'If it's meant to be': Piazza's insight for Lindor

March 22nd, 2021

If anyone in the world understands the particulars of ’s situation, it is Mike Piazza. Twenty-three years ago, Piazza was in the midst of his prime, months away from free agency, when the Mets acquired him in a blockbuster deal with the Marlins.

At first, Piazza was wary of his new home in Queens, until he adjusted his view to see the city as a challenge. Quickly, Piazza not only embraced New York, but doubled down on it. Weeks after the 1998 season ended, without much more than a stray glance at free agency, Piazza signed a seven-year, $91 million deal to remain with the Mets. He went on to become the team’s second Hall of Fame player, and a bedrock piece of franchise history.

“It wasn’t until about the end of August where I started really saying, ‘I can do this. I’m meant to be here, and I have to follow through on this,’” Piazza recalled Monday from Port St. Lucie, Fla., where he was making his annual visit to Spring Training. “Things worked out.”

Because of the ongoing coronavirus situation, most Mets ambassadors -- David Wright, Dwight Gooden, John Franco et al -- did not make their regular spring pilgrimages to Clover Park. But Piazza, who keeps a home in Miami, despite living much of the year in Italy, had an easier commute than most to the Mets facility. When he showed up on Monday, manager Luis Rojas introduced him to a clubhouse full of players -- including many newcomers who have never met him.

Piazza told the group that if anyone had specific questions, not to hesitate to flag him down. And so several did. Those early conversations included one with Lindor, who came to the Mets in January via the same sort of blockbuster trade that had brought Piazza to New York in 1998.

No two situations are identical, of course, with the unique family matters and career aspirations that all players must consider. But the extension decision currently facing Lindor has clear parallels to what Piazza faced. Already a superstar upon arrival, Piazza was unsure about his future until after he spent a few months in Flushing. Yes, the $91 million the Mets offered him -- at the time, a Major League record -- played the most significant role in his signing, but Piazza wasn’t going to ink his signature unless he felt comfortable in New York.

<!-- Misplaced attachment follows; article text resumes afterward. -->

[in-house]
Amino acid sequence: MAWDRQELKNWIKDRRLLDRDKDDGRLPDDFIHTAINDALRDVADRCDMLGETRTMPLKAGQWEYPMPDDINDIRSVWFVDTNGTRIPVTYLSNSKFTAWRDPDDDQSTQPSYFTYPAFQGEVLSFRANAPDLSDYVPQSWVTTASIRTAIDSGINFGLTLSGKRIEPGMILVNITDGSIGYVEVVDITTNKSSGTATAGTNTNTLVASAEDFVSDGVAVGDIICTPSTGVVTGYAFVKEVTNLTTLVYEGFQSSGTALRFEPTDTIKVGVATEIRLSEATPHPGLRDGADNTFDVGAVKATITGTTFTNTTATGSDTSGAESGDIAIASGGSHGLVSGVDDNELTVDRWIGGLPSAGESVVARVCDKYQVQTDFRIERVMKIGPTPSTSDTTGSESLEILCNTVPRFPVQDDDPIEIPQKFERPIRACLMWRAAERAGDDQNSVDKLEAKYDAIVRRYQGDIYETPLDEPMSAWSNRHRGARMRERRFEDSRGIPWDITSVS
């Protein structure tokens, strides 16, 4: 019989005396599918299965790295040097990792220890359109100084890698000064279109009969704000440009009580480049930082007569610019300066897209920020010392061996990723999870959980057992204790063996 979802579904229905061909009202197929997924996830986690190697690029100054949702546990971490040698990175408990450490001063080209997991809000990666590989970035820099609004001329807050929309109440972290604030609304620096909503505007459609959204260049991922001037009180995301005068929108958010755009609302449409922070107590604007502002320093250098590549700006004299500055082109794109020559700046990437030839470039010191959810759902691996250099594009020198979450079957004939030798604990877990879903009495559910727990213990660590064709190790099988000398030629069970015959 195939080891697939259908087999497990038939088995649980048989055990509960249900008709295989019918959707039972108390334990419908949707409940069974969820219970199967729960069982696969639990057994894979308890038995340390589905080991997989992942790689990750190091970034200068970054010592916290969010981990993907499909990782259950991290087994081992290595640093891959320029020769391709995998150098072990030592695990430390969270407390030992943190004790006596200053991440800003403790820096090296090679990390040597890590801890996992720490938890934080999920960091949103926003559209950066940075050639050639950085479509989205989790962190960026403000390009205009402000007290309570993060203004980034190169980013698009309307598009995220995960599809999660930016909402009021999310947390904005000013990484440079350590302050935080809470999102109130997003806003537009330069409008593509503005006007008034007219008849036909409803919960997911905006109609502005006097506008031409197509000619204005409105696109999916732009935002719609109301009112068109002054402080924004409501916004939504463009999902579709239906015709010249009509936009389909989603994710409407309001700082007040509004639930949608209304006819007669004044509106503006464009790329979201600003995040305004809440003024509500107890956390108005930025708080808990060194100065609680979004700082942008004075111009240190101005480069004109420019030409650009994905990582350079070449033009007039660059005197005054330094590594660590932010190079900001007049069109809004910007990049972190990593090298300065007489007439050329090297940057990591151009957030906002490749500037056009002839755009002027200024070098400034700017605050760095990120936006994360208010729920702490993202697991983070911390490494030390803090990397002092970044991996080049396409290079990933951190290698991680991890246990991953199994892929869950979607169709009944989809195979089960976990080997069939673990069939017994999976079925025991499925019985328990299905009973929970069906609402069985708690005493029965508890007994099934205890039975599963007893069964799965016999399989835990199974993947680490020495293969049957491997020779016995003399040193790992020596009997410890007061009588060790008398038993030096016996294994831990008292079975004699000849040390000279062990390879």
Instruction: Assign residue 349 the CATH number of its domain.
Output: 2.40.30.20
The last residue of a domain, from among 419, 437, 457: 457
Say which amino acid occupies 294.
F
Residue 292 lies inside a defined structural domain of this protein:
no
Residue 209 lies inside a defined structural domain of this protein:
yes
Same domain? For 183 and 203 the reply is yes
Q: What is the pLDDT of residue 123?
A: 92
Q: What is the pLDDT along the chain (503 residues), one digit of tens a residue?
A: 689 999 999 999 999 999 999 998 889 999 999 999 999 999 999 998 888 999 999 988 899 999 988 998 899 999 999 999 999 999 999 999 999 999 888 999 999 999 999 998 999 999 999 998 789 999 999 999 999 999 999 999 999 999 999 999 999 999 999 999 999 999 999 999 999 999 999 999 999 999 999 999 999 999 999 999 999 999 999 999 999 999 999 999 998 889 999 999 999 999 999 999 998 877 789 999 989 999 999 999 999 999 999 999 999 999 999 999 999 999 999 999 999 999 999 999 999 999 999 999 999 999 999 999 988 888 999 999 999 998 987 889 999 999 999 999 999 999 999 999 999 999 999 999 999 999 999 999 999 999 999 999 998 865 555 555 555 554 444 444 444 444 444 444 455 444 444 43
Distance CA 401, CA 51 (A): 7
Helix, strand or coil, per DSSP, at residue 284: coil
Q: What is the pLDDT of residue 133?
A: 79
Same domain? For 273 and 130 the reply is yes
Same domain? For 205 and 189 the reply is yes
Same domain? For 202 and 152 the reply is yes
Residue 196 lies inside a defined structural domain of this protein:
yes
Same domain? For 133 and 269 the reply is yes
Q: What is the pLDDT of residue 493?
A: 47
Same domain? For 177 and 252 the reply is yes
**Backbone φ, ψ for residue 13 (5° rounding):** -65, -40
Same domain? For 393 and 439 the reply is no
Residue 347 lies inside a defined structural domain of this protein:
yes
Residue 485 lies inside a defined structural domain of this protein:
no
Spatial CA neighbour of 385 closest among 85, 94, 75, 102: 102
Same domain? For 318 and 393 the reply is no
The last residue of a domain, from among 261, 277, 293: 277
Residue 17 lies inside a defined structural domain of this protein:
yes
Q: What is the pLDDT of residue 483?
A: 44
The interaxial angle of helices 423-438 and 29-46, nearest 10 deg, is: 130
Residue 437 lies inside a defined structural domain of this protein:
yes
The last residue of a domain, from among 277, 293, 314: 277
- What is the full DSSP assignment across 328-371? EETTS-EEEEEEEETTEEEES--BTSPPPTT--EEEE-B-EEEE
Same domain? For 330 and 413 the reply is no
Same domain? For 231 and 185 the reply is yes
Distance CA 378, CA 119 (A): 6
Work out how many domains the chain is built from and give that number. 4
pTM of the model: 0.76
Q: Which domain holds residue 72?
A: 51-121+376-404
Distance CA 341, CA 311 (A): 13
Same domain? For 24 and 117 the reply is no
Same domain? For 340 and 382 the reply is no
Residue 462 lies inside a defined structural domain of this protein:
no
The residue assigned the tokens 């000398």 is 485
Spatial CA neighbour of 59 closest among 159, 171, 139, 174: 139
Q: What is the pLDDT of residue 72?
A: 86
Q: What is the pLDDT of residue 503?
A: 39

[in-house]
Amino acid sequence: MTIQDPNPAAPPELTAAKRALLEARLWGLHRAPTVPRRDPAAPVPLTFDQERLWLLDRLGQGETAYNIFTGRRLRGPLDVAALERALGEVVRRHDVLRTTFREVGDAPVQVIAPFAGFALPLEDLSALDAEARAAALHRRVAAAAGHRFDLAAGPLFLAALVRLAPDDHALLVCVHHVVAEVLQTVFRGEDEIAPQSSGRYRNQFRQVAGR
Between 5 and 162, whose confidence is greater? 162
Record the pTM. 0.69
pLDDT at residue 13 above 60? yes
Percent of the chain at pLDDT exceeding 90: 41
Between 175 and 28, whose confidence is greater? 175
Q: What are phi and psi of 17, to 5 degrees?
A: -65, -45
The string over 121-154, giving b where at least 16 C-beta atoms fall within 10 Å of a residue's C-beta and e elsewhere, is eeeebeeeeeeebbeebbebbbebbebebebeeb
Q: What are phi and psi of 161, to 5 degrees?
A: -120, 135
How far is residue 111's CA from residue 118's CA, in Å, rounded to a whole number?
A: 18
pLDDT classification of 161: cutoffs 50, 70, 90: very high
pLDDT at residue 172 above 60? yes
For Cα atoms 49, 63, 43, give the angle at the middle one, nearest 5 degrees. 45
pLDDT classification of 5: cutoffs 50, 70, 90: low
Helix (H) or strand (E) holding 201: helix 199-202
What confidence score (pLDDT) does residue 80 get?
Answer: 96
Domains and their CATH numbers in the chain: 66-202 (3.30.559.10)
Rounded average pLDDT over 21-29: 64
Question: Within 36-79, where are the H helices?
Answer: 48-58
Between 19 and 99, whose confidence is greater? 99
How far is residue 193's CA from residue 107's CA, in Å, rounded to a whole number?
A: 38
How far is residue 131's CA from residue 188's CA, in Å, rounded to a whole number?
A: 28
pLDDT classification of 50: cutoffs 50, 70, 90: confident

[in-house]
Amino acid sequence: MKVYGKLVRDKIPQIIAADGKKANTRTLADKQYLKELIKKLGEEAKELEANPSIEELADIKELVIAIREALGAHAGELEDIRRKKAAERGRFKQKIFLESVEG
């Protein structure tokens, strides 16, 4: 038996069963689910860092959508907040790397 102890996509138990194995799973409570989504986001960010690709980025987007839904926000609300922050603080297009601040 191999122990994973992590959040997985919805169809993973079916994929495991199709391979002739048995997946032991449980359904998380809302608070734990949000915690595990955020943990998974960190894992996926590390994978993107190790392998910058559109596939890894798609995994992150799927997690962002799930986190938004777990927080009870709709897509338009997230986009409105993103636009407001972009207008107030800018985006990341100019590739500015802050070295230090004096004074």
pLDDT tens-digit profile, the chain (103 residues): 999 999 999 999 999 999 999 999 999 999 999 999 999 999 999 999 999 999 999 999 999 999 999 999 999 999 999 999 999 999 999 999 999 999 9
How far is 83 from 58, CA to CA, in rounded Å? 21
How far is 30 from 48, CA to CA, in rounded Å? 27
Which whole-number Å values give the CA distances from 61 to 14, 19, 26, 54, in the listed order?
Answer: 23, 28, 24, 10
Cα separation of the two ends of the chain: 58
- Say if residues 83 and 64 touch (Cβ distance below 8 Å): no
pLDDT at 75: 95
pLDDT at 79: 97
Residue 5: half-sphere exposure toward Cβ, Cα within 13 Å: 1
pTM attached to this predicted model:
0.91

“There’s a spiritual component to it,” Piazza said. “[Lindor] has got to go out and get comfortable, and the fact that he has such a good team around him is important as well. For me, there was also the human element. … We were at a time with the team where we knew they were trying to win, so we were going to put some pieces in place to try to make that happen. So that’s my only advice for him: Just go out and play. Go out and play, put your numbers up, and if it’s meant to be, he’s going to be here.”

Shortly after arriving at his first Mets camp last month, Lindor described a similar mindset, saying he couldn’t even begin to think about an extension without first learning the organization’s intricacies.

“They have to get to know me,” was Lindor’s oft-repeated phrase.

Whether Lindor’s Mets tenure ends like Piazza’s, with his name plastered across the franchise record books and his uniform number hanging high above Citi Field, remains to be seen. Team officials continue to discuss nine-figure possibilities with Lindor, who has said he won’t negotiate past Opening Day.

That gives the Mets barely a week to complete a deal like the one that transformed Piazza from a superstar in New York to a bona fide New Yorker.

“To use a metaphor, you can’t steal second with your foot on first,” Piazza said. “You’ve got to go out into the deep waters and you’ve got to go into some areas that may be challenging for you. But guess what? You can’t have a fear of failure. The only failure is not trying. And so for me, when you embrace that and you’re able to just let it go, things sometimes have a way of working out."